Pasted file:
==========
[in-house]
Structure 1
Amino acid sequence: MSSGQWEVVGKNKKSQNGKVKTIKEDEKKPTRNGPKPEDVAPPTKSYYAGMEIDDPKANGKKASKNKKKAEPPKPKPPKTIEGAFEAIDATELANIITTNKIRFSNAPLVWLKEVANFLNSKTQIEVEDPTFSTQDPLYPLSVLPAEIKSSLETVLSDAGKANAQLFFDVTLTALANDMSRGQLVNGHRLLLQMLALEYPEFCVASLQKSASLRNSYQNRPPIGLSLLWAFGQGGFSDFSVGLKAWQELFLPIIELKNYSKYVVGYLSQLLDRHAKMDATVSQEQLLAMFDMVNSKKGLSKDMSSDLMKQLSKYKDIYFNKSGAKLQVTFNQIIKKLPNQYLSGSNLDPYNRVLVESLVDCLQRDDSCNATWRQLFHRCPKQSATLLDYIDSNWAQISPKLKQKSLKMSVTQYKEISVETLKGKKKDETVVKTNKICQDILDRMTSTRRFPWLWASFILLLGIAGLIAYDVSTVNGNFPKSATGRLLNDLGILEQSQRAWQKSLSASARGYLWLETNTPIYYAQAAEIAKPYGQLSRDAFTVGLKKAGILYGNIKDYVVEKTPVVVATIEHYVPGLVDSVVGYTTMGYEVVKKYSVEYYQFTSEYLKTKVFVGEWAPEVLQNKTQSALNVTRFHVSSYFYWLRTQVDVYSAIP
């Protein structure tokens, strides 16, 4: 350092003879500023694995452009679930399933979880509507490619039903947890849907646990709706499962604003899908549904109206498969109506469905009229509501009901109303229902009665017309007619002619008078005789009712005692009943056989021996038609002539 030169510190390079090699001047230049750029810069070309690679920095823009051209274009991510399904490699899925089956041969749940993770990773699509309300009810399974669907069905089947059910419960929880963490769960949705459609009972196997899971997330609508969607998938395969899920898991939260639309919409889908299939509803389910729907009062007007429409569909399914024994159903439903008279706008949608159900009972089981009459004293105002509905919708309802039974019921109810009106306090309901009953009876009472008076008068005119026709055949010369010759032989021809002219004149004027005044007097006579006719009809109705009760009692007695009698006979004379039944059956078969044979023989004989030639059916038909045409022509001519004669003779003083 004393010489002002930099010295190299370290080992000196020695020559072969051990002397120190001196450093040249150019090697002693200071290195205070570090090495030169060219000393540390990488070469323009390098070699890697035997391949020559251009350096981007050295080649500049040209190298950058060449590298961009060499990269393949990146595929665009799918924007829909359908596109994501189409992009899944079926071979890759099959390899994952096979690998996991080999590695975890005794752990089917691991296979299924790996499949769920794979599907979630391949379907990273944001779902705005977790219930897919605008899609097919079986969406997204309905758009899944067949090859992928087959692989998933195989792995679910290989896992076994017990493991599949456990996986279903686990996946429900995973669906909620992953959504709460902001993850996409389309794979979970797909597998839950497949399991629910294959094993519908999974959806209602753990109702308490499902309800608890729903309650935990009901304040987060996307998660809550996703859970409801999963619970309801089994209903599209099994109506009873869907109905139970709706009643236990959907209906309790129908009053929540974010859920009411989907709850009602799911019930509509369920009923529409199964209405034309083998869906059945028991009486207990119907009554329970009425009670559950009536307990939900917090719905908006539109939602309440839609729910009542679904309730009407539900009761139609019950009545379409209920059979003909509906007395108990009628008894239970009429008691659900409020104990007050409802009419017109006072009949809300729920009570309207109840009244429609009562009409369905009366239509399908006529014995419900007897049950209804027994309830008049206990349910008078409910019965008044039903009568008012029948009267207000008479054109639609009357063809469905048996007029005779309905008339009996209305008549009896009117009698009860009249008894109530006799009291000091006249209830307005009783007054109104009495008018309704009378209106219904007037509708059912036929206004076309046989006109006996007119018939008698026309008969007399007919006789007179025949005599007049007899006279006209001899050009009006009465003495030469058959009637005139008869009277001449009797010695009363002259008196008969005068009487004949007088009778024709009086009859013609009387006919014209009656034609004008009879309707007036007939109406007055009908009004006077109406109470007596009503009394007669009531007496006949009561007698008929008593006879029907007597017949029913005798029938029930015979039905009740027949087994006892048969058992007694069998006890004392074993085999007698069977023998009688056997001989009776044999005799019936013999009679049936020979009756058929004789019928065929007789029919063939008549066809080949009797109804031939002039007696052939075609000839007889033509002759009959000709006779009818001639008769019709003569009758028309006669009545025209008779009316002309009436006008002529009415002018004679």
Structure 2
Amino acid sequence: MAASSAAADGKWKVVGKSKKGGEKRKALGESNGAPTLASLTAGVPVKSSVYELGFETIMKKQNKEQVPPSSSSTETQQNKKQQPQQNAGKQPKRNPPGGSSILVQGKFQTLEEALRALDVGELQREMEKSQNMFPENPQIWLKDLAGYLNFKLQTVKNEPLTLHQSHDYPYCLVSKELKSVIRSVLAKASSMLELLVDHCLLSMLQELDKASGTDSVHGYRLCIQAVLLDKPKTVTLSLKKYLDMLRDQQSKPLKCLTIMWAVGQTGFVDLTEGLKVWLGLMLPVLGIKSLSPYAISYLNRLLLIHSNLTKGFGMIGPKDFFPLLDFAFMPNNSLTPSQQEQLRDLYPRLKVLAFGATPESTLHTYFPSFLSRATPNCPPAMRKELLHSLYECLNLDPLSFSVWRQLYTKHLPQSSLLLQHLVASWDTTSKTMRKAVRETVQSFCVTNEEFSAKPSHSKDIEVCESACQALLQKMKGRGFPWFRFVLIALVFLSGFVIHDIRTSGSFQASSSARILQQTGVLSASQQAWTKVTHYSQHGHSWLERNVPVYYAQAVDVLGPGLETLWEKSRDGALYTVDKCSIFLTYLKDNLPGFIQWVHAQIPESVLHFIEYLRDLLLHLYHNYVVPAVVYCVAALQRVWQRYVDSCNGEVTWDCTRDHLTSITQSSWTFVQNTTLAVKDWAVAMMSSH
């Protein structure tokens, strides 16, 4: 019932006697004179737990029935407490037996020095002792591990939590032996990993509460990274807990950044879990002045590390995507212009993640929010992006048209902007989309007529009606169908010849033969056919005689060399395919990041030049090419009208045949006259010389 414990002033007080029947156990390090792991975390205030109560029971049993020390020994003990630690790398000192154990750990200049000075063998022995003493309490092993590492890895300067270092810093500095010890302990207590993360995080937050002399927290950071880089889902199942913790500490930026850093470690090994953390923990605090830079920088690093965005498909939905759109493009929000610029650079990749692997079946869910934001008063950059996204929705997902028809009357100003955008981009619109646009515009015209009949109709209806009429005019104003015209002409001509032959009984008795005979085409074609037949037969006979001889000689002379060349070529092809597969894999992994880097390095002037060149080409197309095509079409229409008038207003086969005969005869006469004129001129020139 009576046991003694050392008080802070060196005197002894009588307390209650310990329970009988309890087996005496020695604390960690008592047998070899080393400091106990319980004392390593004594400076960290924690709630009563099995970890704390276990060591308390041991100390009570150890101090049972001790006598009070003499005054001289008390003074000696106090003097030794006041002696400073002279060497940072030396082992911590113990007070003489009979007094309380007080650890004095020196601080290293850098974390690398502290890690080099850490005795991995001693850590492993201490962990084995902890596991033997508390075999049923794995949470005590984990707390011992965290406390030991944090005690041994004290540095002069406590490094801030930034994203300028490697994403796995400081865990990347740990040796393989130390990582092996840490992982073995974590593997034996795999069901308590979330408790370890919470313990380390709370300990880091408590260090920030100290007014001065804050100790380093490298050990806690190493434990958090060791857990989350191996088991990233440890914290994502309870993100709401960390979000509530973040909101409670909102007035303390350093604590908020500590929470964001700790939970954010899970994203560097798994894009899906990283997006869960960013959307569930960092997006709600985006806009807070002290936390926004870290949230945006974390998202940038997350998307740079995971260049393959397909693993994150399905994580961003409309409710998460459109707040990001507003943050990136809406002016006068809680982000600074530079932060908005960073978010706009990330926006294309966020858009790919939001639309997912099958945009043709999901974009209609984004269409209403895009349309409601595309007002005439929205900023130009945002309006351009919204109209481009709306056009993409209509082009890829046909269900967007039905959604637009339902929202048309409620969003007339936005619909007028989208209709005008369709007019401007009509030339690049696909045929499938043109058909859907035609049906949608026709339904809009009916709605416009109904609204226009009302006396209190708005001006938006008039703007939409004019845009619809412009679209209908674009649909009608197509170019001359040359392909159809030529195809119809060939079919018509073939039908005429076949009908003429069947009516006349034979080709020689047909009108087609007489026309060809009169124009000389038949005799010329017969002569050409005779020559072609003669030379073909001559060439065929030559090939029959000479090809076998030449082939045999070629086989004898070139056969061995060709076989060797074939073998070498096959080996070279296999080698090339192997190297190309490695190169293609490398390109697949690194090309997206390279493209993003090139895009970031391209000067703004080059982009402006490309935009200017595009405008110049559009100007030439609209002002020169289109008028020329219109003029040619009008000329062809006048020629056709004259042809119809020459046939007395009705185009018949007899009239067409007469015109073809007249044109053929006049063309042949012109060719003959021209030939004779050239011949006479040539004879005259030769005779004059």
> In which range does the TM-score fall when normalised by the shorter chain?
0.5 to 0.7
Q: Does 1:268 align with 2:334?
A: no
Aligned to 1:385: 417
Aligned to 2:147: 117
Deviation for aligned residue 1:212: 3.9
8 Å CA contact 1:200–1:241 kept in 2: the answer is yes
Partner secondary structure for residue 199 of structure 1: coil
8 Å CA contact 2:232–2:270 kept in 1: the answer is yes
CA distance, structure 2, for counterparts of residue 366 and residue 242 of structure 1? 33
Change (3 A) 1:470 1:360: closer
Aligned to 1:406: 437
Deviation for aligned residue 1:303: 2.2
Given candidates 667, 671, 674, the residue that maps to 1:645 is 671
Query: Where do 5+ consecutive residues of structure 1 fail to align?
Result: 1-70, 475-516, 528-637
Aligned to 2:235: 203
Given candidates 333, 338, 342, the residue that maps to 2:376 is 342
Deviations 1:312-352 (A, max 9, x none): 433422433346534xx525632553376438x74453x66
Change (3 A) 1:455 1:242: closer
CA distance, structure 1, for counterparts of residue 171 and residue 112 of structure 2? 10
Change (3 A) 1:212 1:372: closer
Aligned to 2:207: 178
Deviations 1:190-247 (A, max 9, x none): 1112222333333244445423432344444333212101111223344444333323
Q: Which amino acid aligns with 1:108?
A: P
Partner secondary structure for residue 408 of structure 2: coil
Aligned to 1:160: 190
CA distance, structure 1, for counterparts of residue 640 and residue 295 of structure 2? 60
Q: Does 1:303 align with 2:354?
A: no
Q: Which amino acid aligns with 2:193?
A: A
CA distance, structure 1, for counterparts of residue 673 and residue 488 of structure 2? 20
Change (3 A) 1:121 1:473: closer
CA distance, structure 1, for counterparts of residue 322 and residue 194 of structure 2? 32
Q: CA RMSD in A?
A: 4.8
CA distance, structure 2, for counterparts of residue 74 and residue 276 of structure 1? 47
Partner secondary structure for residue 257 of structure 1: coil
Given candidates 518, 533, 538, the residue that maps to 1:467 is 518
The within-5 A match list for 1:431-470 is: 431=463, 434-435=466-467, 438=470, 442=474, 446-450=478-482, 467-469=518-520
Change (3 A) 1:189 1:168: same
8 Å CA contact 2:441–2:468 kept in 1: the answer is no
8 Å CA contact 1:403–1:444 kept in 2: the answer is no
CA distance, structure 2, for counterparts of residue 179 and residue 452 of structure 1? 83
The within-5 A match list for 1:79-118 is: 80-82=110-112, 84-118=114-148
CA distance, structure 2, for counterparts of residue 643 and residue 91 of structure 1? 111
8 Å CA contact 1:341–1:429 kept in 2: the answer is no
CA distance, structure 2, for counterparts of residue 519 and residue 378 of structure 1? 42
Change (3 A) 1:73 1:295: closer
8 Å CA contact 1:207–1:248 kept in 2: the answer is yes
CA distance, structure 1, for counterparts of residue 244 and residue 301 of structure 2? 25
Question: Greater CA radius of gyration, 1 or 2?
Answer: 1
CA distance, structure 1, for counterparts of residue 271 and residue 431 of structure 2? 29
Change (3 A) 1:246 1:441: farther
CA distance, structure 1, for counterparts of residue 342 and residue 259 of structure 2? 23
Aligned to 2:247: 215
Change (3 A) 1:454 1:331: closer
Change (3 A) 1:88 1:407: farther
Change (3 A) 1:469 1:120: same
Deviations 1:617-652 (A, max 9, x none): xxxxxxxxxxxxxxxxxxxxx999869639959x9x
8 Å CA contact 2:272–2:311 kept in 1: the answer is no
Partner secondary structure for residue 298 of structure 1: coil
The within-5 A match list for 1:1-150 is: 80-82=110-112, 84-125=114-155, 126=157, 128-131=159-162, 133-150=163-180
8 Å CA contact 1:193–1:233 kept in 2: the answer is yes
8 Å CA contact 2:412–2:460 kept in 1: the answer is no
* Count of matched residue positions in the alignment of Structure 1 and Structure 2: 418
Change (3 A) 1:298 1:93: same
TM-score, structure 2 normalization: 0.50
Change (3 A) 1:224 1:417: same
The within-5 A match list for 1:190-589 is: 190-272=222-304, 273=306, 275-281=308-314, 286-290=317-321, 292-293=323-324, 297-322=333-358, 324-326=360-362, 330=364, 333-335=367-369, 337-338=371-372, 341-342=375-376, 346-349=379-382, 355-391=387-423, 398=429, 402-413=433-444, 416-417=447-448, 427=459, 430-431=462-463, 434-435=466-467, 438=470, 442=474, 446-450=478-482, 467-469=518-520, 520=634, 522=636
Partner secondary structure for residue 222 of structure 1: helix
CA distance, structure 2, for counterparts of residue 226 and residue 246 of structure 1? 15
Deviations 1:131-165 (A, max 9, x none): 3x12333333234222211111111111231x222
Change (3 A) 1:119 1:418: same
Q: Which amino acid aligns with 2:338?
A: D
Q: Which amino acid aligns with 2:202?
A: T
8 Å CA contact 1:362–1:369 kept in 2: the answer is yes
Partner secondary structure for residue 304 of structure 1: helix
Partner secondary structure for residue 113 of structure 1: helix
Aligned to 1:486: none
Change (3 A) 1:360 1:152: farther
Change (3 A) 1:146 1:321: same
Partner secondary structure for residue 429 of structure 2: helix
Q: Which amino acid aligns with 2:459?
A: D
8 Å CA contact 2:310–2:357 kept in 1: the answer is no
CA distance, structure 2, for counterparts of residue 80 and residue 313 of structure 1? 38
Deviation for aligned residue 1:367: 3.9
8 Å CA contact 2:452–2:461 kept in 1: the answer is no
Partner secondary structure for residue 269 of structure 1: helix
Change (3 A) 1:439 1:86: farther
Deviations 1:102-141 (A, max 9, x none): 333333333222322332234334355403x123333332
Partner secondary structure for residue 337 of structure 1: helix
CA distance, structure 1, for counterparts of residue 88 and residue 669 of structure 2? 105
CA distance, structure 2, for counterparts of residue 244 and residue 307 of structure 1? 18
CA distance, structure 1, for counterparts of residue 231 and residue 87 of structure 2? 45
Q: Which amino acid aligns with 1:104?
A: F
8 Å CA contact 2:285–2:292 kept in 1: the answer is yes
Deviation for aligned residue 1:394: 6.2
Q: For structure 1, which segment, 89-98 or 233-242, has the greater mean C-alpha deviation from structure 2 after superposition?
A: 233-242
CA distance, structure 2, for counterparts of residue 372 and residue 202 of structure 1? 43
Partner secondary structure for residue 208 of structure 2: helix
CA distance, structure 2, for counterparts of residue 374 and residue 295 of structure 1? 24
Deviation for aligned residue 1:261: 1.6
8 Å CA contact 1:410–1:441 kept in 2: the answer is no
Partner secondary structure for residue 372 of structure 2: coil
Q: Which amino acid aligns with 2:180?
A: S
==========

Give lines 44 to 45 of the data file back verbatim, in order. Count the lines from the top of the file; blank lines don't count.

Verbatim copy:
CA distance, structure 1, for counterparts of residue 322 and residue 194 of structure 2? 32
Q: CA RMSD in A?